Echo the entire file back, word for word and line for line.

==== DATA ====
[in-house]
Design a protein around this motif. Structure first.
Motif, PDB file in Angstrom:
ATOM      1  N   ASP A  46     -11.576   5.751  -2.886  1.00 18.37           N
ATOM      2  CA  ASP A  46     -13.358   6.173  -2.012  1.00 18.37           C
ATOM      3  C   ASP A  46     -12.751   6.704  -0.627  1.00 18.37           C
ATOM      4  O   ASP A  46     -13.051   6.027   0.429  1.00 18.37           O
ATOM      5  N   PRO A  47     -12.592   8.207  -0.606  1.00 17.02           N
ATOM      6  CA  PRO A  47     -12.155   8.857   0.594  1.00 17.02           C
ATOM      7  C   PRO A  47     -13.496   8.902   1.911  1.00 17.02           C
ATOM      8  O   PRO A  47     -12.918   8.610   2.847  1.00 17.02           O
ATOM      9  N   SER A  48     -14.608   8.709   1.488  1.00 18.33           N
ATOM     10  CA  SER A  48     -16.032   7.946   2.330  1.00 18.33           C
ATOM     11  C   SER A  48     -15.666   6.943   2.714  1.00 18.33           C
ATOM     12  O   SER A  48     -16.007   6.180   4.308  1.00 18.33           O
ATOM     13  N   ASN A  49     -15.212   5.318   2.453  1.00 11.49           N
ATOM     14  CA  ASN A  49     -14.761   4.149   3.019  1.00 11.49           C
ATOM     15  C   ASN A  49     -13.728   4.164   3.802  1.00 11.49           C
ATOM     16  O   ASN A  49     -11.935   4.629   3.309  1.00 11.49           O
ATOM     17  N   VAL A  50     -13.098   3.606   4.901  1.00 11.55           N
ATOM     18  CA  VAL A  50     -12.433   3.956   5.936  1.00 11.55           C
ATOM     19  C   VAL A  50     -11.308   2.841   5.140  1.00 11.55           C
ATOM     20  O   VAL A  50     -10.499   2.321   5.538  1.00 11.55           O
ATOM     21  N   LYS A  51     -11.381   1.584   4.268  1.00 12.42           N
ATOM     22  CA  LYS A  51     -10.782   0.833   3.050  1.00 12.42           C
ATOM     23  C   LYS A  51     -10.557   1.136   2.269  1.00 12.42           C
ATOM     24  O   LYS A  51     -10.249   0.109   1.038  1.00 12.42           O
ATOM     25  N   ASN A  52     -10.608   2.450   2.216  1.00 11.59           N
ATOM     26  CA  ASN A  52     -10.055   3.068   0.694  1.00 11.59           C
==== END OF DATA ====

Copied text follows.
[in-house]
Design a protein around this motif. Structure first.
Motif, PDB file in Angstrom:
ATOM      1  N   ASP A  46     -11.576   5.751  -2.886  1.00 18.37           N
ATOM      2  CA  ASP A  46     -13.358   6.173  -2.012  1.00 18.37           C
ATOM      3  C   ASP A  46     -12.751   6.704  -0.627  1.00 18.37           C
ATOM      4  O   ASP A  46     -13.051   6.027   0.429  1.00 18.37           O
ATOM      5  N   PRO A  47     -12.592   8.207  -0.606  1.00 17.02           N
ATOM      6  CA  PRO A  47     -12.155   8.857   0.594  1.00 17.02           C
ATOM      7  C   PRO A  47     -13.496   8.902   1.911  1.00 17.02           C
ATOM      8  O   PRO A  47     -12.918   8.610   2.847  1.00 17.02           O
ATOM      9  N   SER A  48     -14.608   8.709   1.488  1.00 18.33           N
ATOM     10  CA  SER A  48     -16.032   7.946   2.330  1.00 18.33           C
ATOM     11  C   SER A  48     -15.666   6.943   2.714  1.00 18.33           C
ATOM     12  O   SER A  48     -16.007   6.180   4.308  1.00 18.33           O
ATOM     13  N   ASN A  49     -15.212   5.318   2.453  1.00 11.49           N
ATOM     14  CA  ASN A  49     -14.761   4.149   3.019  1.00 11.49           C
ATOM     15  C   ASN A  49     -13.728   4.164   3.802  1.00 11.49           C
ATOM     16  O   ASN A  49     -11.935   4.629   3.309  1.00 11.49           O
ATOM     17  N   VAL A  50     -13.098   3.606   4.901  1.00 11.55           N
ATOM     18  CA  VAL A  50     -12.433   3.956   5.936  1.00 11.55           C
ATOM     19  C   VAL A  50     -11.308   2.841   5.140  1.00 11.55           C
ATOM     20  O   VAL A  50     -10.499   2.321   5.538  1.00 11.55           O
ATOM     21  N   LYS A  51     -11.381   1.584   4.268  1.00 12.42           N
ATOM     22  CA  LYS A  51     -10.782   0.833   3.050  1.00 12.42           C
ATOM     23  C   LYS A  51     -10.557   1.136   2.269  1.00 12.42           C
ATOM     24  O   LYS A  51     -10.249   0.109   1.038  1.00 12.42           O
ATOM     25  N   ASN A  52     -10.608   2.450   2.216  1.00 11.59           N
ATOM     26  CA  ASN A  52     -10.055   3.068   0.694  1.00 11.59           C